riorenee nt Globe Tire.
Mercer Auto nt ltoebllng.
KennHt Rcimr at Aonilale.
Kockdali. nt Wet Chester.
UVNCASTEB COUNTY LEAGUE.
Tanraater nt New Holland,
Mountvllle nt Ephrata.
I.KII101! VALLEY LEAGUE
Rtallnston nt Humnilt Hill.
SISlln.folfd"t Mauri. Chunk,
l'almerton nt Ihlihton,
rtrandywlne at Ilaneroft.
IMoneera at llrnon.
Newport at Ijistlake,
Eden nt Vandever.
l. O. S. OF A. LEAGUE.
Marcus 1'ooU nt Upland.
' HoJkdale. No. J. at Chester. No. 43.
Jledla ut flu Mer, o. xsi.
Eddritone ut Slnreus Hook.
Texeeo- ut Highland.
Lelpenlllo at Ht. Paul's.
Media at prexrl Hill.
Hlshland I'ark at Norton.
Union at llldley Turk.
IN SUBURBAN TEi
Belfield and University Courts
Meet in Match That May '
Decide Championship ,
Thin la an off-day In the Trl-State Teoli,
League schedule, but the clubs In the Sift
urban League will go at It hammer t4
. m .U.A .nrt In n.rllnv nlnA lliTf
ItlllSH. lor fcllilfc im.o ta t,. ....b fc. H S-
finish, and lime teams, Unlvcrs.ty Coj
Belllelu anu bttnion, nro in me rum.
Tn tho most Imnortnnt match, BH4
and University Courts will clash at TolrtiSJ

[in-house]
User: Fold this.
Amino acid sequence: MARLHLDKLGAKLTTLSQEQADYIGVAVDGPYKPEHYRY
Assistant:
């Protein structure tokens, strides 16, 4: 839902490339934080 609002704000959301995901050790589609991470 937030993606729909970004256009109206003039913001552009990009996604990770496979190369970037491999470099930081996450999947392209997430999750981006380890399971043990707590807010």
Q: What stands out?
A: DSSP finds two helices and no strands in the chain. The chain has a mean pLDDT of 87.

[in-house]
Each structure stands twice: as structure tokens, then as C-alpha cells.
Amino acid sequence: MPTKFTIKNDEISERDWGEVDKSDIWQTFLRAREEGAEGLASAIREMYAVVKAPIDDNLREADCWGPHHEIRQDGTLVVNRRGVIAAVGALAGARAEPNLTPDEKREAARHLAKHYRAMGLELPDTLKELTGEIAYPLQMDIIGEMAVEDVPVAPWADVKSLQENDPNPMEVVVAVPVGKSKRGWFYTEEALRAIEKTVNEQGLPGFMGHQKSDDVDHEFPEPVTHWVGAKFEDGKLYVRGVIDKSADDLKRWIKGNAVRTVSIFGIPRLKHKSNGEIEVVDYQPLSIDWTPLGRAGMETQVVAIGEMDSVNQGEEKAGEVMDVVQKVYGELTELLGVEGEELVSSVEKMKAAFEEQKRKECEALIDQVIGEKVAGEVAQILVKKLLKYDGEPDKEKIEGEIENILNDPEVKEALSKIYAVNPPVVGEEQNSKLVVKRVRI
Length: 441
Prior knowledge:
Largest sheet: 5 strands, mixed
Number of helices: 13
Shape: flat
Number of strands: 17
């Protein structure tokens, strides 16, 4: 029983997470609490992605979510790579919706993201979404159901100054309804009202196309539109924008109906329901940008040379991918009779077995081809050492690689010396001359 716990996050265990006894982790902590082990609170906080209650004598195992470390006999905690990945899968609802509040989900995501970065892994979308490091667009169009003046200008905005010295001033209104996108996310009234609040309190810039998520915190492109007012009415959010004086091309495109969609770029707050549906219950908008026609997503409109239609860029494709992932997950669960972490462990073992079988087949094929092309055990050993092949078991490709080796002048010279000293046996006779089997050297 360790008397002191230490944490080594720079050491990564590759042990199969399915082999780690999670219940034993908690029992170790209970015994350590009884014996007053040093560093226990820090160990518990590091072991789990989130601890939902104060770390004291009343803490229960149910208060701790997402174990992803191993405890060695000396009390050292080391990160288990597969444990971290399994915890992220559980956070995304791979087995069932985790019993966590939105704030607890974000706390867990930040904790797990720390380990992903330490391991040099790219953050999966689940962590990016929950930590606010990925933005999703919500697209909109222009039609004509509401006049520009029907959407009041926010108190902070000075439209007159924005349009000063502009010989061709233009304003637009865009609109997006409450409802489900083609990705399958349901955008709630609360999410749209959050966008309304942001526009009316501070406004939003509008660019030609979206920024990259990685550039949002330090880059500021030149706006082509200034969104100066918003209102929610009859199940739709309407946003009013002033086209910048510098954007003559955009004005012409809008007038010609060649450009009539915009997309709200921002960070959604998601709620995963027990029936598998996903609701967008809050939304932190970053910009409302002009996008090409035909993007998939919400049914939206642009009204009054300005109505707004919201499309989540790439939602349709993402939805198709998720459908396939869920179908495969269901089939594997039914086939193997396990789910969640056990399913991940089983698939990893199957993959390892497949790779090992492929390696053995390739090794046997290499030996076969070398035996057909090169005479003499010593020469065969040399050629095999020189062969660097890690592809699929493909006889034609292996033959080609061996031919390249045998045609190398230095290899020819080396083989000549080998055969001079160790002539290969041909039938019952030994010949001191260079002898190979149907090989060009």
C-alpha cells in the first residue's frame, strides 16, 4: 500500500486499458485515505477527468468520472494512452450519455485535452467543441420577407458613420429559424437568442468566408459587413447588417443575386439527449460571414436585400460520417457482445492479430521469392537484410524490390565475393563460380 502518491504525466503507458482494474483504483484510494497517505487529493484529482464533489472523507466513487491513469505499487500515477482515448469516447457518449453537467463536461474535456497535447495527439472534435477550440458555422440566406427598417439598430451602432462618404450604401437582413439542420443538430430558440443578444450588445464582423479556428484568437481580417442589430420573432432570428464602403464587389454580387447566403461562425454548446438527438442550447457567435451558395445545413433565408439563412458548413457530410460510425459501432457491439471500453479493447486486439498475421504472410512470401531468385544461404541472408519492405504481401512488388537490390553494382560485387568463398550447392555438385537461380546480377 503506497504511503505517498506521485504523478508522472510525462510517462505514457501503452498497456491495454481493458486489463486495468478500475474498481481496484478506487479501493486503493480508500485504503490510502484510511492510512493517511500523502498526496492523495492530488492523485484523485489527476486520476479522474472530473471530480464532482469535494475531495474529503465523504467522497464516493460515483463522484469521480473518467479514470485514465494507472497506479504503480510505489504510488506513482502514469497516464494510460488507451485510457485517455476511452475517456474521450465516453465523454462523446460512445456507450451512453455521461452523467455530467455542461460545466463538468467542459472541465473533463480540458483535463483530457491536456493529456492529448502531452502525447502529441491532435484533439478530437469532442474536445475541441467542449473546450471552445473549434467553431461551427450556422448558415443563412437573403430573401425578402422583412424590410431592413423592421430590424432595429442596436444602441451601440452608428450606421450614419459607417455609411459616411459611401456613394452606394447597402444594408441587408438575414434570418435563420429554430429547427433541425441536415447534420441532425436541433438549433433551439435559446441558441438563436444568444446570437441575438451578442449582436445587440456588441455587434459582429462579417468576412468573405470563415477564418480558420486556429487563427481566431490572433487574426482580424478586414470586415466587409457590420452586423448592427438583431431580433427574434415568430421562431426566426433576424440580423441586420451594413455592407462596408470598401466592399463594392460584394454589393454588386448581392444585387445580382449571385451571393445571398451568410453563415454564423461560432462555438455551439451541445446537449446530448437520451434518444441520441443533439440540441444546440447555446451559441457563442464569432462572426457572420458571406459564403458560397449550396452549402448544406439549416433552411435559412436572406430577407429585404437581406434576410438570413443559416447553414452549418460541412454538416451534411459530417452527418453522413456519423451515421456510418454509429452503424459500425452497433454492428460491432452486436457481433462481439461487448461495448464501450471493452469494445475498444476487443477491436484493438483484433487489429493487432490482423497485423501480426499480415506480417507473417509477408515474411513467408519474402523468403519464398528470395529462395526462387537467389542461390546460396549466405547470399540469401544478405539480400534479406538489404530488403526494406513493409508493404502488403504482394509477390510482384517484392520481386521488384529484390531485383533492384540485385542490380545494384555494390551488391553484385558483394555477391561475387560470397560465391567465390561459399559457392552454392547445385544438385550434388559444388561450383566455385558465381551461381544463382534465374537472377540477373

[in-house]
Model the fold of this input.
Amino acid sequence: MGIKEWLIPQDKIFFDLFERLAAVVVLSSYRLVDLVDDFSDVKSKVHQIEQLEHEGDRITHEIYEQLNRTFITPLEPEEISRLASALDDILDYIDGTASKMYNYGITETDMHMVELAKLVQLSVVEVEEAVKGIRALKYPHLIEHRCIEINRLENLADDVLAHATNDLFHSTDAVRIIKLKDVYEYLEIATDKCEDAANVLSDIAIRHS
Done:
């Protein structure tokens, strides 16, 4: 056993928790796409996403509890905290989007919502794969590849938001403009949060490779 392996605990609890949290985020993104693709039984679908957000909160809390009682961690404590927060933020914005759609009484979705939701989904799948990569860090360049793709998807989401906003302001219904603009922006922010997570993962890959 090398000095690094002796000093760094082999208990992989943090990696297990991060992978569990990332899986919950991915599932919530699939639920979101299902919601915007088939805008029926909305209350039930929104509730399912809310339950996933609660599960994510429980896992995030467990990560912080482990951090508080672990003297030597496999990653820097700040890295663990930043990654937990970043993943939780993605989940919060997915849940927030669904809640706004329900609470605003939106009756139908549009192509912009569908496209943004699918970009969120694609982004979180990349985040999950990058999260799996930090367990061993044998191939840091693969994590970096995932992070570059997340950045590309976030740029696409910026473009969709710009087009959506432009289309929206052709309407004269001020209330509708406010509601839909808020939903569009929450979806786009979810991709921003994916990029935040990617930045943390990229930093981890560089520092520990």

fourth and Cnestnut streets, ana a rc$
lory either way will play nn Important rut
in tho ultimate destination of the tbtiv!
plonshlp, . ;'
STRAWBRIDUE & CLOTHIER TO..,
PLAY CHINESE NINE TODifK
Tim Strawbrldiro & Clothier team 8t.1
line up against the Chinese Unlversltr. t
Hawaii, on Its grounds, at Sixty-third Ml
Walnut streets, this nfternoon. The CU
naa. nrn nttr for rnvcnire. as In the last bat
tle Strawbrldge & Clothier beat them 7-J.
The Chinese are playing gooq eaji uia,
,nmn. havlnc defeated Stetson, BuW
Mlllvllle. Boxborough, Camden, WoodburT ,
nnd Pitman In succession. Ogden, the VI-right-hander,
will be In the box for StniM
bridge & Clothier, with Gllmore behind ttt .
bat. Ako or Ensue, with Mark, will fom;
the battery for the Chinese.
Stetson vs. Locnn Square '
The Stetson A. A. will have for the "r"''1
this afternoon the Logan aquare nine. u -viler,
who has been twirling- wonderful ("I
llirousnuui im Bcufluu. ,,. "" .-"-r,.. I
hatmakers. Charley White will do the iweMJf 'I
The MrNlchol boya alwata draw a "Mro-tirjuj -l
lng- crowd lor -rnomaaa men. ana it i -"
Jhat the alands will bo packed.